It is widely accepted that cotton yield will be negatively affected if seedlings succumb to soil-borne pathogens such as Rhizoctonia solani and Pythium species. Seedling diseases were estimated to have caused an average yield loss of 3.2% from 1992-20019 amounting to an economic loss of $242 million.24 With this understanding, the standard approach to cotton disease management involves implementing practices that protect the developing cotton seedling, including planting on raised seedbeds, and planting when moisture and temperature conditions are favorable for germination and emergence of cotton.83,75
It is of course impossible to guarantee optimal environmental conditions during and after planting. The focus of SSP disease management research has therefore focused on factors that are under grower control, including: selection of disease resistant varieties, use of treated seed, applying in-furrow fungicides, crop rotation, and using seed with good cool germination values. To learn more about adoption of these practices, we presented growers with a list of disease management tactics and asked how frequently they use each one. Growers responded to each item by circling a number from 0 (never) to 3 (always).
Figure L shows the proportion of growers who indicate they use disease management tactics studied with SSP funding, either often or always.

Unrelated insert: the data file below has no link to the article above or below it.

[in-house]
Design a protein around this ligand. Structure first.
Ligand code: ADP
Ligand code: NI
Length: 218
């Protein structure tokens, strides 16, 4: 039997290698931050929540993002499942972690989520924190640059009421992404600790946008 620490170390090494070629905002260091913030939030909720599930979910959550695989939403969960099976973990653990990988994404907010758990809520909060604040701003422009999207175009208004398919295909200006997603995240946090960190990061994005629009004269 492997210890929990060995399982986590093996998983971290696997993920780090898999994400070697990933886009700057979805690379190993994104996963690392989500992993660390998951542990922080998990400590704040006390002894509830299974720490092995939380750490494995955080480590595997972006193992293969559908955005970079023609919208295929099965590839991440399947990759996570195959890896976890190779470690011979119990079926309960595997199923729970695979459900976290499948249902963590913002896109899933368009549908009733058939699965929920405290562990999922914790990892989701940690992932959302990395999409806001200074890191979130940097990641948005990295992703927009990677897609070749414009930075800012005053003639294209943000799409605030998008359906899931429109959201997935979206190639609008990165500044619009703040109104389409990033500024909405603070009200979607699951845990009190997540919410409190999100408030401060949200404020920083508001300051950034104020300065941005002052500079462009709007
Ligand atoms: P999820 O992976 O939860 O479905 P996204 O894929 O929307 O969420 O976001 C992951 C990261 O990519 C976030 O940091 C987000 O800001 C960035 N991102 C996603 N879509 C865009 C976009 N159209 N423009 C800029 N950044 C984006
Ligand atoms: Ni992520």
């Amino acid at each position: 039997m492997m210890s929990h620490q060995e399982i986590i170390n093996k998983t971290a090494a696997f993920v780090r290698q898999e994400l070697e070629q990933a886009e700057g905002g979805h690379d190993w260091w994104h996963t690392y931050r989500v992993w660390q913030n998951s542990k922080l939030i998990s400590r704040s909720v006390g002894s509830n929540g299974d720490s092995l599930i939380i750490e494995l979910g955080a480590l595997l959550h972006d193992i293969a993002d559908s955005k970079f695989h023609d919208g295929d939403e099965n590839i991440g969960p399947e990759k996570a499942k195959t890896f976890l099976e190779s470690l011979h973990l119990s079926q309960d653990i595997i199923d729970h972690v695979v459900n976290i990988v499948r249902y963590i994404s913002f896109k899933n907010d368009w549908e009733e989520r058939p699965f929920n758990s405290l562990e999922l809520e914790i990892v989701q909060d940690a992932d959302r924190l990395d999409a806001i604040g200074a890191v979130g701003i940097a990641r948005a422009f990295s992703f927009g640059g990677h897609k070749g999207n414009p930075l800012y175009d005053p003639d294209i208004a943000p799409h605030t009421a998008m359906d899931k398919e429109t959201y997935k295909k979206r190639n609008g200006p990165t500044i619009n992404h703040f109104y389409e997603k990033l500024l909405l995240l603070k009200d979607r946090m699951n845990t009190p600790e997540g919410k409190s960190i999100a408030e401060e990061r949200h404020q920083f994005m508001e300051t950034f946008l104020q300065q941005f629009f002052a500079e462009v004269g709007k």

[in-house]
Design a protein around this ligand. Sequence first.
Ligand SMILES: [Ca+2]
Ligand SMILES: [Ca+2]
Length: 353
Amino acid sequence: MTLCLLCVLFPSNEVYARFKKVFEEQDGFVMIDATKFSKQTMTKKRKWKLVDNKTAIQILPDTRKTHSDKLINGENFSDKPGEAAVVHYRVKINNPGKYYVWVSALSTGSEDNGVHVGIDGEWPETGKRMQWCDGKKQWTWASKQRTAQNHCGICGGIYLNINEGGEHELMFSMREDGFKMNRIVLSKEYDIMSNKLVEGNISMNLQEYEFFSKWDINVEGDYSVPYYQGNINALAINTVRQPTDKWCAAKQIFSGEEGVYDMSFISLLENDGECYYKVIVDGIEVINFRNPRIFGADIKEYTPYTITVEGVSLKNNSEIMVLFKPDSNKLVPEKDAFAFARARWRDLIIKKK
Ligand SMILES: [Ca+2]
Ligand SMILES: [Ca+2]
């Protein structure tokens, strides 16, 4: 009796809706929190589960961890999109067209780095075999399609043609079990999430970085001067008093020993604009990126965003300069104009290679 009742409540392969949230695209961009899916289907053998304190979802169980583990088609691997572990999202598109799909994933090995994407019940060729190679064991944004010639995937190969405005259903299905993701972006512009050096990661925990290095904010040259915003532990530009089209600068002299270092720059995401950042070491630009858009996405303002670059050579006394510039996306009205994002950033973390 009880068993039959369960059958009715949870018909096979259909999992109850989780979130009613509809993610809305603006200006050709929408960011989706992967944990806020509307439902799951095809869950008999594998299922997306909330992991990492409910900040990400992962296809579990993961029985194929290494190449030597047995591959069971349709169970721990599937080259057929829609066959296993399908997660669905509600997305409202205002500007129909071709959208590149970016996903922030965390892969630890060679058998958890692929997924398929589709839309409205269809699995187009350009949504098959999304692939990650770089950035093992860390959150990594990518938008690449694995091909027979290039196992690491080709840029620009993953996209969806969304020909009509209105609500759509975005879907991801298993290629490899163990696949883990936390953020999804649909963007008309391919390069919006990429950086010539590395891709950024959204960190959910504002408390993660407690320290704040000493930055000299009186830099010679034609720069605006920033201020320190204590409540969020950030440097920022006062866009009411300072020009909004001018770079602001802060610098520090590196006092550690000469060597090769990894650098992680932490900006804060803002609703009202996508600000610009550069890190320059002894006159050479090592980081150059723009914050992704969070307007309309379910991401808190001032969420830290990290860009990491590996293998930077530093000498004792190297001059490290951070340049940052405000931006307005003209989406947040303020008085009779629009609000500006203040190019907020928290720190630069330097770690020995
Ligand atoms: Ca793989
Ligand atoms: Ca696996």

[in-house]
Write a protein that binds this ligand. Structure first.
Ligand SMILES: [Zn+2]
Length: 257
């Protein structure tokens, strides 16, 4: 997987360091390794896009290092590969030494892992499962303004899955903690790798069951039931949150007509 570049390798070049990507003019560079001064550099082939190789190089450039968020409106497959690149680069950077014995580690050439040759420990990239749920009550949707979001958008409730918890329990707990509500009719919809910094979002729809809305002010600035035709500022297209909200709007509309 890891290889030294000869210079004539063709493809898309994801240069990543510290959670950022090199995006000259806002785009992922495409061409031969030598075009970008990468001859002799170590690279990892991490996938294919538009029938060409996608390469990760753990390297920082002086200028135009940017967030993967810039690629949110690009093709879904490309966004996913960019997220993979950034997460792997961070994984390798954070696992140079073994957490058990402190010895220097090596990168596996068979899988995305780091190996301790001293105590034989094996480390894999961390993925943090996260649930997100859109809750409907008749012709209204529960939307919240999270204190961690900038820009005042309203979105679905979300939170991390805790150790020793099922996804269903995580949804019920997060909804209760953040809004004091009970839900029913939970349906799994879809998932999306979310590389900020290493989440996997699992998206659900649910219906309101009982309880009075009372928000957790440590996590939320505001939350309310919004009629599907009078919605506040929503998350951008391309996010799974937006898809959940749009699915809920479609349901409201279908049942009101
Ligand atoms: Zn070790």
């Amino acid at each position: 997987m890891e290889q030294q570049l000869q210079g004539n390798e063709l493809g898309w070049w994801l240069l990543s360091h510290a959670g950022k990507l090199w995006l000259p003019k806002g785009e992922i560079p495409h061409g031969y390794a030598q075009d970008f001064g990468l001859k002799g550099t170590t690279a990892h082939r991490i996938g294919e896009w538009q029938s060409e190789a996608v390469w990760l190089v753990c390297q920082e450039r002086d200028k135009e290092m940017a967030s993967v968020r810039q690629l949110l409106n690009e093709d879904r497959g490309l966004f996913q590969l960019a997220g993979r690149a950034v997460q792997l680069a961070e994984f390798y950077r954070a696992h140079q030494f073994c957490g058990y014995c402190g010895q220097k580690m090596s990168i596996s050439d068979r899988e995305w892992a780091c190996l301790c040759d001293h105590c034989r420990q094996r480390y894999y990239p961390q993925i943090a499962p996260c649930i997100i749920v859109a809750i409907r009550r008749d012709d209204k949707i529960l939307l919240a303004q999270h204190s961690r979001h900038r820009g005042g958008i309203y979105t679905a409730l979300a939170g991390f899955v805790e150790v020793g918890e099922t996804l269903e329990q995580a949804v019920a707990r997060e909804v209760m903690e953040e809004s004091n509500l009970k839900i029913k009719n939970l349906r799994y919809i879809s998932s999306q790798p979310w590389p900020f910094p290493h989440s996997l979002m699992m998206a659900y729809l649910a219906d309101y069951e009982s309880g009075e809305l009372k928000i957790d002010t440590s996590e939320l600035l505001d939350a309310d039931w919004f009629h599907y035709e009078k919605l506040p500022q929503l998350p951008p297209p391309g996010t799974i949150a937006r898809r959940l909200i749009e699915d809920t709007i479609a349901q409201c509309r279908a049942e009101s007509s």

Figure L - Use of Disease Management Tactics
Nearly three quarters of respondents (74.9%) practice crop rotation to limit disease pressure and about the same proportion (74.8%) often or always select cotton varieties with known resistance to diseases. Fungicide-treated seed was also highly relied upon (72.3%). Selecting seed with a high cool germ value was frequently used (58.2%). Less than half of respondents (41.2%) employed in-furrow fungicide treatments.
As described earlier, not all practices asked about in this or other questions have been the subject of SSP research. Regarding disease management, this appears to be appropriate given that growers clearly understand the value of practices that help get the crop off to a good start. Specifically, 93.5% of respondents often or always plant with adequate soil moisture. Planting when the 4” depth soil temperature is 65° and when predicted weather is warm/dry is the standard approach used by 88.2% and 88.4% respectively. In addition, almost half (49.8%) plant seeds on beds. It is clear, then, that most growers at least try to implement strategies that are favorable for crop germination and emergence.
There was only modest use of in-furrow fungicide treatments. While such treatments were found to improve stands, positive outcomes were contingent on a variety of other factors (severe disease pressure, soil temperatures below 60° F, and when rain might occur within three days of planting29 ). In another study, in-furrow fungicide treatments resulted in net returns of $46.28 per acre higher than the commercial on-seed treated plots.89 However, there is contrary evidence that in-furrow treatments do not add any further improvement to pre-treated seed.83 The somewhat limited use of in-furrow treatments may reflect these inconsistent results, satisfaction with protection already afforded by pre-treated seeds, genetically-based disease resistance and crop rotation, or the fact that disease incidence still depends on climate factors.
Given the high extent of adoption of SSP research topics in the area of disease management, we conclude that growers understand the benefits of the various management options currently in widespread use.